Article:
It is well known that children in care require stability if they are to thrive. So why are so many councils still putting children through multiple placements? Anabel Unity Sale reports
The last thing a vulnerable child or young person in care needs is instability in the form of further moves. However, last month the Independent Children’s Homes Association (ICHA) revealed that in 2007 a child in care had lived in an average of 10 or more different placements in more than two-thirds of English councils.
Department for Children, Schools and Families (DCSF) statistics show that although the overall number of multiple placements had dropped across England between 2002-7, there were looked-after children moving 10 times or more in 108 of the 150 councils last year. And some local authorities maintained consistently high rates of moving children.
Such findings make for uncomfortable reading for those who work with looked-after children, especially as placement stability is a key government target. In 2004, the government introduced a public service agreement stating that by 2008 80% of children under 16 who had been looked after for 30 months or more should have been living in the same placement for at least two years.
Every Child Matters reiterates the importance of this public service agreement. It says: “Stability can make a positive difference to their [children’s] lives, giving them the opportunity to form strong attachments with carers and friends, maximising their resilience, and improving their chances of achieving positive outcomes”.
The latest figures were requested by the ICHA because local authorities do not have to publicly justify the moves. They were obtained from the House of Lords library at the behest of ICHA chief executive Roy Williamson who describes them as worrying.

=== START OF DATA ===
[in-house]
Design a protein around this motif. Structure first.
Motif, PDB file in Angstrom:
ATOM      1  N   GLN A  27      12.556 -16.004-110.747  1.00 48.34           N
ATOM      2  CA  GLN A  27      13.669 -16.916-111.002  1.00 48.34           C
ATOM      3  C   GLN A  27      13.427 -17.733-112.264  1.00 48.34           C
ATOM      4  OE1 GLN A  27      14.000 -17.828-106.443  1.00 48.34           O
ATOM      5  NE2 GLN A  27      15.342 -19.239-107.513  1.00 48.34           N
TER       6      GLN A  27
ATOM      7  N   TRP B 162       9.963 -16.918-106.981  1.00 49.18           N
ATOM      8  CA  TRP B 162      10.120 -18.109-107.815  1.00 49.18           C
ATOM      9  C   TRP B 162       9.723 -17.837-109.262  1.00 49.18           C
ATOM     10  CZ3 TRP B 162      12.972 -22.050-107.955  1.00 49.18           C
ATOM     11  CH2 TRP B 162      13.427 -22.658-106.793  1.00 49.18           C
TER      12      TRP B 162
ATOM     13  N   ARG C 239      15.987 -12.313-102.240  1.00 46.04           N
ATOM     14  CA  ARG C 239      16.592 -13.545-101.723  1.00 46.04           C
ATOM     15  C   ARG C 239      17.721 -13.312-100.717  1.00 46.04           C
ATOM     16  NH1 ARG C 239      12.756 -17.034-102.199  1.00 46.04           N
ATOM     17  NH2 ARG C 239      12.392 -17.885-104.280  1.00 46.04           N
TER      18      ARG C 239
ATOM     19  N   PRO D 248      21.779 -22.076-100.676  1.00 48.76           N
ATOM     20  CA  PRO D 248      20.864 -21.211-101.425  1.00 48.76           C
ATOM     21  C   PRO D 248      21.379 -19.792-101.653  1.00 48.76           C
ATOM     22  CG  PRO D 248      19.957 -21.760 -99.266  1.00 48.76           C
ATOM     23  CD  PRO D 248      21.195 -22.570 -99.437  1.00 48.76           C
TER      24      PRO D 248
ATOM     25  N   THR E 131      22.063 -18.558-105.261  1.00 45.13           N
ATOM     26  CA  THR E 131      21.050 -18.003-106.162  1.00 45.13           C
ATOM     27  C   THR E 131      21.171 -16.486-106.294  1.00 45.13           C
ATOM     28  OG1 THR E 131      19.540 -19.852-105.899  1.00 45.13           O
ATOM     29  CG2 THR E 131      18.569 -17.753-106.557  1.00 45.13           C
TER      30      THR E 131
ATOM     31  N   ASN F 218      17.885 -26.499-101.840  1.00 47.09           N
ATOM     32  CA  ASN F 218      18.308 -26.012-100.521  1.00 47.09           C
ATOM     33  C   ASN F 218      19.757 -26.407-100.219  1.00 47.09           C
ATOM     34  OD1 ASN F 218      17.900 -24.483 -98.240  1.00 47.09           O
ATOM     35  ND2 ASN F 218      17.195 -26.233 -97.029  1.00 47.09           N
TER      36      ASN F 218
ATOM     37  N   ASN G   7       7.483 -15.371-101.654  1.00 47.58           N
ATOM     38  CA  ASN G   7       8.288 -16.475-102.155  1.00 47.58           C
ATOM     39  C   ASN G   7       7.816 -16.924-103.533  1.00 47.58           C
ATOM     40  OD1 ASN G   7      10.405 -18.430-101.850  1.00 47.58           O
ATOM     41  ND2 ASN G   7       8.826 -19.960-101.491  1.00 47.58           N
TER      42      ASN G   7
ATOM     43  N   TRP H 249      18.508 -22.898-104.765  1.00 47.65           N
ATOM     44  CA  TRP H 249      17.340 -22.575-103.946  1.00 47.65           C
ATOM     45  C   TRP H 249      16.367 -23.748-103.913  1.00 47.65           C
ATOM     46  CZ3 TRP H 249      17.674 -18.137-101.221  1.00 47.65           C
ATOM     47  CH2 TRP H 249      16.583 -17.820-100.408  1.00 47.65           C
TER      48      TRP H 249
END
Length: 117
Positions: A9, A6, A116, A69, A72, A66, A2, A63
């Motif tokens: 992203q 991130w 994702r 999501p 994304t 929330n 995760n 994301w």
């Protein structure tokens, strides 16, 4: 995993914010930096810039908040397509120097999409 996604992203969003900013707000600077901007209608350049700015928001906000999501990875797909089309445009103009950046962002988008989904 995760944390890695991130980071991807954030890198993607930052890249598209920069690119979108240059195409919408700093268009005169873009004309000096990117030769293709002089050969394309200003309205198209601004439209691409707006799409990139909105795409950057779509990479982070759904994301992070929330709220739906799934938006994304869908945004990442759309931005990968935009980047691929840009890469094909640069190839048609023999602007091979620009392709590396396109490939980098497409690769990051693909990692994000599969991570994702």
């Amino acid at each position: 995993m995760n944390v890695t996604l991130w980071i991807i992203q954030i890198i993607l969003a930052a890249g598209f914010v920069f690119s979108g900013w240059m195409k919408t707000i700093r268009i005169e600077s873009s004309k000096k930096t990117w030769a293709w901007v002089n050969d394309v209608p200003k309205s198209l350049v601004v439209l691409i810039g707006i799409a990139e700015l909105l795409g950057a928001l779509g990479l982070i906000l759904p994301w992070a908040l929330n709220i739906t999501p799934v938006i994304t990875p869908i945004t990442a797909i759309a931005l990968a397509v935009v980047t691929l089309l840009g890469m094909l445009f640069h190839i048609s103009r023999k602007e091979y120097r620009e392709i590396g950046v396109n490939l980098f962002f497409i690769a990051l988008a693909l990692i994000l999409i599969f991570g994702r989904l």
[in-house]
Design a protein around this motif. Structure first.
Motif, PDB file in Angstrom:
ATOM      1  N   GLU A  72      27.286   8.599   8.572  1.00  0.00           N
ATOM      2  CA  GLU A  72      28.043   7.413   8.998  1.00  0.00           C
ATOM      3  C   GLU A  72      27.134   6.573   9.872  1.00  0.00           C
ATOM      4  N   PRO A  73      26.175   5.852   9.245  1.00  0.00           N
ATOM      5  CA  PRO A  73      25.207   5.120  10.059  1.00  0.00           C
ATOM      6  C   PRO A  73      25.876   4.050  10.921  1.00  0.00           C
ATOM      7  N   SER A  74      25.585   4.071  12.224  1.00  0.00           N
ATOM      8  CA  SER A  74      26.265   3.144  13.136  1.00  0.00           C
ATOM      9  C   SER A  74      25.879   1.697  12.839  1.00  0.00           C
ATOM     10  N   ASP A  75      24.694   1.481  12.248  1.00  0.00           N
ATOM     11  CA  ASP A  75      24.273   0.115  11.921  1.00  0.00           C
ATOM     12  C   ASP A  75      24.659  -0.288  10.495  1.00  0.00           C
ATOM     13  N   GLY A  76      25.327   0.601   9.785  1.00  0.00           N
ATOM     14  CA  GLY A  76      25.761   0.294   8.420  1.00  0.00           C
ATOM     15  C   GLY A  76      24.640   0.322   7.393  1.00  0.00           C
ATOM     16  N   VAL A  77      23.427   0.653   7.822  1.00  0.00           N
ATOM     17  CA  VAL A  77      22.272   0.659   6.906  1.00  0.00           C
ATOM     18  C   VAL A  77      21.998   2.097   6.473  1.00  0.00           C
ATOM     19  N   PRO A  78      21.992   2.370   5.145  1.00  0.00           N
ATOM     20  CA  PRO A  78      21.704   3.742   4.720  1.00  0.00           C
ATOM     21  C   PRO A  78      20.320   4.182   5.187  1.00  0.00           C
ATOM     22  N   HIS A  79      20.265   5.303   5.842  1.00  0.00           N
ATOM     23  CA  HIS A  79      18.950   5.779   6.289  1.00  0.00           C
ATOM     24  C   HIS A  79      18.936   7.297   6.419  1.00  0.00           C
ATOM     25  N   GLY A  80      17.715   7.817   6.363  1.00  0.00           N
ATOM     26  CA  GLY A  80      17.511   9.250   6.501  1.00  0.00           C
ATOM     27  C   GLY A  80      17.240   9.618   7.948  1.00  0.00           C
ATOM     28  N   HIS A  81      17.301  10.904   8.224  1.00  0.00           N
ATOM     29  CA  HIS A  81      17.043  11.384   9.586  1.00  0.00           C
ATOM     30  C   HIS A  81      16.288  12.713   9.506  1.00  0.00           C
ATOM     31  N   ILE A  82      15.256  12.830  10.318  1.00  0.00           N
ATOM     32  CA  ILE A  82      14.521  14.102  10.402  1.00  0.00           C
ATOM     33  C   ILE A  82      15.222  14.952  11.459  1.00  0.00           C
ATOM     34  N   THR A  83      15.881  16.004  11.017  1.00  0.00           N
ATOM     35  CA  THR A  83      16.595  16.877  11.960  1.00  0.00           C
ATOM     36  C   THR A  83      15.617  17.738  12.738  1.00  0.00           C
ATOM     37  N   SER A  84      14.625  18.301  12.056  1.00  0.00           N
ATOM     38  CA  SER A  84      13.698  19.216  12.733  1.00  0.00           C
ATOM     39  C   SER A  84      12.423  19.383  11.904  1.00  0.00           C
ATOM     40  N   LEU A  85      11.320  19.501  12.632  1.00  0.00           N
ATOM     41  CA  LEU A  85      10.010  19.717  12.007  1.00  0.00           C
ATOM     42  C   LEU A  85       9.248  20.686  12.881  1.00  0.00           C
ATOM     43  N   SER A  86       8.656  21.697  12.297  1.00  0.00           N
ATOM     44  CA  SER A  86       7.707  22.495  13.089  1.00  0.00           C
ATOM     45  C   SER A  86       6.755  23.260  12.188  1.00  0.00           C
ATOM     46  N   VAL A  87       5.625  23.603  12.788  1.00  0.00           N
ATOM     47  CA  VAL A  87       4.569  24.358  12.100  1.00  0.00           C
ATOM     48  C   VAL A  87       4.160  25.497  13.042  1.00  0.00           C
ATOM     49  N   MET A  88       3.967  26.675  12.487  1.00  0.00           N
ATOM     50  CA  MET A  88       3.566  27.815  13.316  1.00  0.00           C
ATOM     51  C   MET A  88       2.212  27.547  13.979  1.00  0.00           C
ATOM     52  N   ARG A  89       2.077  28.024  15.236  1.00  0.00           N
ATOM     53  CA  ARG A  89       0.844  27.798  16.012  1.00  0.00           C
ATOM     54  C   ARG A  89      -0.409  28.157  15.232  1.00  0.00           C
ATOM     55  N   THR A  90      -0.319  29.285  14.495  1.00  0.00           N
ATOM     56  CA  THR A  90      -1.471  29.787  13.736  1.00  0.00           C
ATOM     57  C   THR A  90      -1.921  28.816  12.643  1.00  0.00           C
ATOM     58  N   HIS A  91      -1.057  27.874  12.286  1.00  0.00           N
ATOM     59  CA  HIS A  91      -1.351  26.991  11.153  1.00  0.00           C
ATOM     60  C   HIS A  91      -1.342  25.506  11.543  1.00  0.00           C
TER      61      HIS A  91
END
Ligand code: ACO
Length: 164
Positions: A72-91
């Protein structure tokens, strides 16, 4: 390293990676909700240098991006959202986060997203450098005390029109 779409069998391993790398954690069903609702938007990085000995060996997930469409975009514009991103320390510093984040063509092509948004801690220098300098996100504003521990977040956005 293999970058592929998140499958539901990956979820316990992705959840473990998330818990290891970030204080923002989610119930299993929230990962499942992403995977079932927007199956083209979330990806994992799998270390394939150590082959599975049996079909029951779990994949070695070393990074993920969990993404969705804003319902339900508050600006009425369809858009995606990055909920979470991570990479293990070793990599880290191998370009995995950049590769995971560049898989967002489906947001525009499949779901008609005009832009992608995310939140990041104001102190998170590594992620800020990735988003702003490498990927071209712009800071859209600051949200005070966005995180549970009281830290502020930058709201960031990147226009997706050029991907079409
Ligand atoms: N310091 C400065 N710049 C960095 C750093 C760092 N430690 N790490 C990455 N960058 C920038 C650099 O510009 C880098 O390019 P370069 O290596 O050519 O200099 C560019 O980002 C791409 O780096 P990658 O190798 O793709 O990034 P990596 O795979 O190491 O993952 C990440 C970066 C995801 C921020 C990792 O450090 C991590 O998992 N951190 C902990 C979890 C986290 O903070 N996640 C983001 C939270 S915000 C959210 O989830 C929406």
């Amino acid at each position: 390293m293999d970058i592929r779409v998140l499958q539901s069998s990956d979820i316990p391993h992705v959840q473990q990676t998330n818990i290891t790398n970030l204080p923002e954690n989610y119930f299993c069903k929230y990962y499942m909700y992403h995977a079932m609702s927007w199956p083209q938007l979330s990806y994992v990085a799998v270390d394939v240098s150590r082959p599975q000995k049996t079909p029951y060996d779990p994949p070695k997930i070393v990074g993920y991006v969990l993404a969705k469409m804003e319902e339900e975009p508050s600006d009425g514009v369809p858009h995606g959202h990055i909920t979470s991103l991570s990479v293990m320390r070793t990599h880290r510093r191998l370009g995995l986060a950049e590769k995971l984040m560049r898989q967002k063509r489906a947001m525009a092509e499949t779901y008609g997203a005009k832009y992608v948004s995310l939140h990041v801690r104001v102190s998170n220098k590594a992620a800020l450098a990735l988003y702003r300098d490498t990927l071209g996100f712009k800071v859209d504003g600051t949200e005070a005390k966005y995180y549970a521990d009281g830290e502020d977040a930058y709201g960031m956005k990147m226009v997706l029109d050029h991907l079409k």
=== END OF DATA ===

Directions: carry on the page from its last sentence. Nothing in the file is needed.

“There’s a concern that a significant number of young people are moving 10 or more times and part of the reason it happens is because there is not a long-term view of their placements,” he says.
Residential placements fail for a number of complex reasons. An inadequate assessment of a child’s needs can result in a placement that breaks down quickly or, a failure may also occur because the needs of the child changes over time and the placement is not able to adapt sufficiently.
Another key factor is money, says Williamson. Good quality residential care is expensive to maintain, he says, so they move looked-after children to less costly placements before a child is ready to go.
This is an issue that John Kemmis, chief executive of the charity Voice, has also encountered. He says Voice’s helpline regularly receives calls from looked-after young people complaining about local authorities stopping their funding. “Councils think they can find less expensive placements so children are being moved from a settled foster home or residential home to a cheaper alternative,” he says.
Placements also break down because of a mismatch between what the child needs and what the placement offers. National Centre for Excellence in Residential Childcare manager Jonathan Stanley believes inadequate assessments and the failure to anticipate the developing needs of the child can result in placement failure.
One local authority identified in the figures as having high placement moves is Lancashire Council. In 2007, it accounted for more than one in five of the North West’s total number of children that had been moved between five and nine times. Peter Kemp, interim director of children’s integrated services, defends the council’s record. He says a few hard-to-place children account for the high number of multiple moves, distorting the overall picture.